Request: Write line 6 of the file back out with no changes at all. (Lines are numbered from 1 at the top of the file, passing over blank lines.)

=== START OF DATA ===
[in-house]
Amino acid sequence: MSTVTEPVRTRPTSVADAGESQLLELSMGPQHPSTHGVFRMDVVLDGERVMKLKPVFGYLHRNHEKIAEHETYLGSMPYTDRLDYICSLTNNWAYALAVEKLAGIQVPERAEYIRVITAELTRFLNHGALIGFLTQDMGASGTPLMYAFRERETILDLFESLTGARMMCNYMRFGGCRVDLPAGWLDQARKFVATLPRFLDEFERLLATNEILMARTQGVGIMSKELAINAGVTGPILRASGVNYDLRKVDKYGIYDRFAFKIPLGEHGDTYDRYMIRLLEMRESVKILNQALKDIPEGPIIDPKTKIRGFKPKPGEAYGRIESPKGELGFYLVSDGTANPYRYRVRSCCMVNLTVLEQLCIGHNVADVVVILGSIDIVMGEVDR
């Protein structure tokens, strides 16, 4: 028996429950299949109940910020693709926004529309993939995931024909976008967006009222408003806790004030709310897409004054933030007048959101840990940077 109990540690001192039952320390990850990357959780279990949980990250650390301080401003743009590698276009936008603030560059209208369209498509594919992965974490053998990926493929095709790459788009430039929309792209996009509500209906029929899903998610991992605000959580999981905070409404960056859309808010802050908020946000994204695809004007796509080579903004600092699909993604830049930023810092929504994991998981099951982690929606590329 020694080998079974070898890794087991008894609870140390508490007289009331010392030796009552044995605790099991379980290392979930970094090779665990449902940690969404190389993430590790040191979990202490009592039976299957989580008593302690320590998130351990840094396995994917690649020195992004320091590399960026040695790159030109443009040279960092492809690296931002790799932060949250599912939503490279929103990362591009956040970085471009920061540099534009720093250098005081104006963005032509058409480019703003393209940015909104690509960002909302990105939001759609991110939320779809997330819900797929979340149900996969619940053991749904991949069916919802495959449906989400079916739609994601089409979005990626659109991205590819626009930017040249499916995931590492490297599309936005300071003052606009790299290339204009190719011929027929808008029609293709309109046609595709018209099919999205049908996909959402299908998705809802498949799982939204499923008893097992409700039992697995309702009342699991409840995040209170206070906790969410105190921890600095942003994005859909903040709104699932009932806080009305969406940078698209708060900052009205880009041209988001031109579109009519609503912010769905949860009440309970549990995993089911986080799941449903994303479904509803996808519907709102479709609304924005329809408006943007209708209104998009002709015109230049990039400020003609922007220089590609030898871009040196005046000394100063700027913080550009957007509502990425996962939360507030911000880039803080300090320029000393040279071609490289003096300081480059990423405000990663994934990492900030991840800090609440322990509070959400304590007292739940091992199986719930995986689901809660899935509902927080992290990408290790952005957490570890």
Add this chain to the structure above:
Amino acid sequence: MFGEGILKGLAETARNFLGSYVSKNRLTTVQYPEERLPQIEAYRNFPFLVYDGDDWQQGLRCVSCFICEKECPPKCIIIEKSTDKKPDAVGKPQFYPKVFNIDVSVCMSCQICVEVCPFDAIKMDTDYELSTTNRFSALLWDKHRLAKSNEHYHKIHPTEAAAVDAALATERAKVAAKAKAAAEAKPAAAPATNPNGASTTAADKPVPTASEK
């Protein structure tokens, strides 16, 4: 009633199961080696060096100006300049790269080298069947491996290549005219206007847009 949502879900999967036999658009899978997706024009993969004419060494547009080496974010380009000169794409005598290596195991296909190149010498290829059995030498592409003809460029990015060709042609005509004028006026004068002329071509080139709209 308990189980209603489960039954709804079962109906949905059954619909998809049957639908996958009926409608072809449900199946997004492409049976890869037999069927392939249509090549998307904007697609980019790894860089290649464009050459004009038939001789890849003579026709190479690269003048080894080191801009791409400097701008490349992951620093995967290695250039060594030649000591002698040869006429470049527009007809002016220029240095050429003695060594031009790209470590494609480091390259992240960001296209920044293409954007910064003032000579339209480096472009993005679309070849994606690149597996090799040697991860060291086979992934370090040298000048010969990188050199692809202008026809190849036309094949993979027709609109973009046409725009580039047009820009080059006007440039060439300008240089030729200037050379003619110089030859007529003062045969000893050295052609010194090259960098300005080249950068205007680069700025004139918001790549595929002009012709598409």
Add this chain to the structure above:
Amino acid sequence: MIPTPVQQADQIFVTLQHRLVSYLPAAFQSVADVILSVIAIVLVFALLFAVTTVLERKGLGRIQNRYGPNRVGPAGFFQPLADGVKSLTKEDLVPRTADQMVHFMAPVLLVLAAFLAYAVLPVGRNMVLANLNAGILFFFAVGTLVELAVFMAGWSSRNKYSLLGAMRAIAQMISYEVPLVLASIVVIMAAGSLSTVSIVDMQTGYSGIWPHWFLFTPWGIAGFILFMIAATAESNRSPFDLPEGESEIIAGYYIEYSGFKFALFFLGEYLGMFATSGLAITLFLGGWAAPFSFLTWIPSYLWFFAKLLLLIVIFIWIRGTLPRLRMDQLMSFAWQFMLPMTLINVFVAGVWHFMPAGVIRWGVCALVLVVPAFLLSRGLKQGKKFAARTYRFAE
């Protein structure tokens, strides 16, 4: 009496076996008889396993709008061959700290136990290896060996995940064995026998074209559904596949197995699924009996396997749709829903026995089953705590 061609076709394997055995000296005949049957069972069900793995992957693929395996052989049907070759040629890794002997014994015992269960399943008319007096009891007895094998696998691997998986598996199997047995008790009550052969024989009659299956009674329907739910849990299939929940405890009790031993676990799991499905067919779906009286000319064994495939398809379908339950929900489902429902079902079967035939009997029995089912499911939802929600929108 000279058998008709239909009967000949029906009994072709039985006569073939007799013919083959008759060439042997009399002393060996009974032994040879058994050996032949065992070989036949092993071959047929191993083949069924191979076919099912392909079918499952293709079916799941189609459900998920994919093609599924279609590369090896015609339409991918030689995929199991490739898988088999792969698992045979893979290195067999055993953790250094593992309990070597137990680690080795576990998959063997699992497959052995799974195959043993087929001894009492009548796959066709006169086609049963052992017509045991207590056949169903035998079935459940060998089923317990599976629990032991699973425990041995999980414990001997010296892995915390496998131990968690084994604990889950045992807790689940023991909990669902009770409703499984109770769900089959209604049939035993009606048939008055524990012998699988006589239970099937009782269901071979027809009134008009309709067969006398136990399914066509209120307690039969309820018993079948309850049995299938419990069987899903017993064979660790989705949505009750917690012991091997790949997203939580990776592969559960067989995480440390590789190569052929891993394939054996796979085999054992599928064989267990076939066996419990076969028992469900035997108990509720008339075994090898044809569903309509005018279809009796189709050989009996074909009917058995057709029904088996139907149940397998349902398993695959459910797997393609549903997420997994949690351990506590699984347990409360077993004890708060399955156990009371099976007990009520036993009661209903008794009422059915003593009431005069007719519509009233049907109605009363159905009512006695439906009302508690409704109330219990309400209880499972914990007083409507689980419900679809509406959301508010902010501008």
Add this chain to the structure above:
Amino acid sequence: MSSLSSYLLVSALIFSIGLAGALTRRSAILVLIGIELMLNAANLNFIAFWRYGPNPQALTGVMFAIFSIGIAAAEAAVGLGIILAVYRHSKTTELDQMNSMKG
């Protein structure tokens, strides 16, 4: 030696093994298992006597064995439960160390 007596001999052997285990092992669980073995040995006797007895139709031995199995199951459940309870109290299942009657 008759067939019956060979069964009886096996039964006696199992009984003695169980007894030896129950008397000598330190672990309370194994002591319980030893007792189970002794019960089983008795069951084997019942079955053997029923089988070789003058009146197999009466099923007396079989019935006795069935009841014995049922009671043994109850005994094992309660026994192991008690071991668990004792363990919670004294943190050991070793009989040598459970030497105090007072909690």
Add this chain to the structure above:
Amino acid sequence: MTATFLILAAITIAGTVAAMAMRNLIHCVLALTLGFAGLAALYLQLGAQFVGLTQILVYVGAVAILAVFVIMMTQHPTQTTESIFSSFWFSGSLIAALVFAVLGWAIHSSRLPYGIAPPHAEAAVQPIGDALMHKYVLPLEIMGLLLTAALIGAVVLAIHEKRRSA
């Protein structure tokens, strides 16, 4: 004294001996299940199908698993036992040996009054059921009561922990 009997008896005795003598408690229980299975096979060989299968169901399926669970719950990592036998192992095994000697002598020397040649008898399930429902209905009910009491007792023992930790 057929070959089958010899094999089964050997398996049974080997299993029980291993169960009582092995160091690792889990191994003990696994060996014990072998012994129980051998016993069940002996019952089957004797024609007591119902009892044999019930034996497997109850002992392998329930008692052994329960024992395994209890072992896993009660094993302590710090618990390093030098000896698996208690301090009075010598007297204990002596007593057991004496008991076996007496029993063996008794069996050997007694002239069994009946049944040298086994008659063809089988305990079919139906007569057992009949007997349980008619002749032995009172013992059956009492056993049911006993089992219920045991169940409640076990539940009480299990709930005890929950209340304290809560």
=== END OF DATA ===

């Protein structure tokens, strides 16, 4: 009633199961080696060096100006300049790269080298069947491996290549005219206007847009 949502879900999967036999658009899978997706024009993969004419060494547009080496974010380009000169794409005598290596195991296909190149010498290829059995030498592409003809460029990015060709042609005509004028006026004068002329071509080139709209 308990189980209603489960039954709804079962109906949905059954619909998809049957639908996958009926409608072809449900199946997004492409049976890869037999069927392939249509090549998307904007697609980019790894860089290649464009050459004009038939001789890849003579026709190479690269003048080894080191801009791409400097701008490349992951620093995967290695250039060594030649000591002698040869006429470049527009007809002016220029240095050429003695060594031009790209470590494609480091390259992240960001296209920044293409954007910064003032000579339209480096472009993005679309070849994606690149597996090799040697991860060291086979992934370090040298000048010969990188050199692809202008026809190849036309094949993979027709609109973009046409725009580039047009820009080059006007440039060439300008240089030729200037050379003619110089030859007529003062045969000893050295052609010194090259960098300005080249950068205007680069700025004139918001790549595929002009012709598409």